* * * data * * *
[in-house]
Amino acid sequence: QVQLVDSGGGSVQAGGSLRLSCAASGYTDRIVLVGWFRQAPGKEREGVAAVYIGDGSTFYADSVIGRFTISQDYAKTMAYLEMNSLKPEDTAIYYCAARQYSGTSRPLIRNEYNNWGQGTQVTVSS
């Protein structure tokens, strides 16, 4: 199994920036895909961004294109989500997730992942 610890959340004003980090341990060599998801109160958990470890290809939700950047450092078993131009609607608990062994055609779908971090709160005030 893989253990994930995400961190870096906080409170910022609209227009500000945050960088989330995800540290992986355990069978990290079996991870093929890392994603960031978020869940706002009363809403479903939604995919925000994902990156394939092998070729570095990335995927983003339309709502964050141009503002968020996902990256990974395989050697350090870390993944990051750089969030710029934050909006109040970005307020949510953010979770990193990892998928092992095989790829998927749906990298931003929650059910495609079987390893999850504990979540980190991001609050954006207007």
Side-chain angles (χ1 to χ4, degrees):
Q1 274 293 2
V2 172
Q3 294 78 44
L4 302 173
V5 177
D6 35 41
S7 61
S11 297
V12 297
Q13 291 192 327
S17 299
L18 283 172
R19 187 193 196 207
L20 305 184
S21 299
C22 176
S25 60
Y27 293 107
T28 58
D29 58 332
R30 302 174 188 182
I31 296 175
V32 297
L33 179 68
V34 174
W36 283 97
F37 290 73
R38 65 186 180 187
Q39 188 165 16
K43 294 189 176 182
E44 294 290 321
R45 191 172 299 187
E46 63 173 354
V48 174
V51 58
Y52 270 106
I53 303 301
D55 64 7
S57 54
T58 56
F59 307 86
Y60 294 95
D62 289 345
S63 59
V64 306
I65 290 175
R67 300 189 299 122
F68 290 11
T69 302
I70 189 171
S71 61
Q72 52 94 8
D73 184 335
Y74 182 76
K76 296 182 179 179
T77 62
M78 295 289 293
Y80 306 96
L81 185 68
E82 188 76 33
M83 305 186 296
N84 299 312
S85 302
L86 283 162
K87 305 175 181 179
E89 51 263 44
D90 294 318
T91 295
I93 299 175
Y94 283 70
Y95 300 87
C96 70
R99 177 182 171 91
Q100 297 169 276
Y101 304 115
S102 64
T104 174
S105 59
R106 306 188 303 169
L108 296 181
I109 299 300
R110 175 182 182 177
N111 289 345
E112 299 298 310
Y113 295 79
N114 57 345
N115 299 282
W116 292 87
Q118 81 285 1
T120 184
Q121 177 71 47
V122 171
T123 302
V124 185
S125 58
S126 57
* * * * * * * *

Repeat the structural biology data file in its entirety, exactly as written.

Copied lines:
[in-house]
Amino acid sequence: QVQLVDSGGGSVQAGGSLRLSCAASGYTDRIVLVGWFRQAPGKEREGVAAVYIGDGSTFYADSVIGRFTISQDYAKTMAYLEMNSLKPEDTAIYYCAARQYSGTSRPLIRNEYNNWGQGTQVTVSS
């Protein structure tokens, strides 16, 4: 199994920036895909961004294109989500997730992942 610890959340004003980090341990060599998801109160958990470890290809939700950047450092078993131009609607608990062994055609779908971090709160005030 893989253990994930995400961190870096906080409170910022609209227009500000945050960088989330995800540290992986355990069978990290079996991870093929890392994603960031978020869940706002009363809403479903939604995919925000994902990156394939092998070729570095990335995927983003339309709502964050141009503002968020996902990256990974395989050697350090870390993944990051750089969030710029934050909006109040970005307020949510953010979770990193990892998928092992095989790829998927749906990298931003929650059910495609079987390893999850504990979540980190991001609050954006207007």
Side-chain angles (χ1 to χ4, degrees):
Q1 274 293 2
V2 172
Q3 294 78 44
L4 302 173
V5 177
D6 35 41
S7 61
S11 297
V12 297
Q13 291 192 327
S17 299
L18 283 172
R19 187 193 196 207
L20 305 184
S21 299
C22 176
S25 60
Y27 293 107
T28 58
D29 58 332
R30 302 174 188 182
I31 296 175
V32 297
L33 179 68
V34 174
W36 283 97
F37 290 73
R38 65 186 180 187
Q39 188 165 16
K43 294 189 176 182
E44 294 290 321
R45 191 172 299 187
E46 63 173 354
V48 174
V51 58
Y52 270 106
I53 303 301
D55 64 7
S57 54
T58 56
F59 307 86
Y60 294 95
D62 289 345
S63 59
V64 306
I65 290 175
R67 300 189 299 122
F68 290 11
T69 302
I70 189 171
S71 61
Q72 52 94 8
D73 184 335
Y74 182 76
K76 296 182 179 179
T77 62
M78 295 289 293
Y80 306 96
L81 185 68
E82 188 76 33
M83 305 186 296
N84 299 312
S85 302
L86 283 162
K87 305 175 181 179
E89 51 263 44
D90 294 318
T91 295
I93 299 175
Y94 283 70
Y95 300 87
C96 70
R99 177 182 171 91
Q100 297 169 276
Y101 304 115
S102 64
T104 174
S105 59
R106 306 188 303 169
L108 296 181
I109 299 300
R110 175 182 182 177
N111 289 345
E112 299 298 310
Y113 295 79
N114 57 345
N115 299 282
W116 292 87
Q118 81 285 1
T120 184
Q121 177 71 47
V122 171
T123 302
V124 185
S125 58
S126 57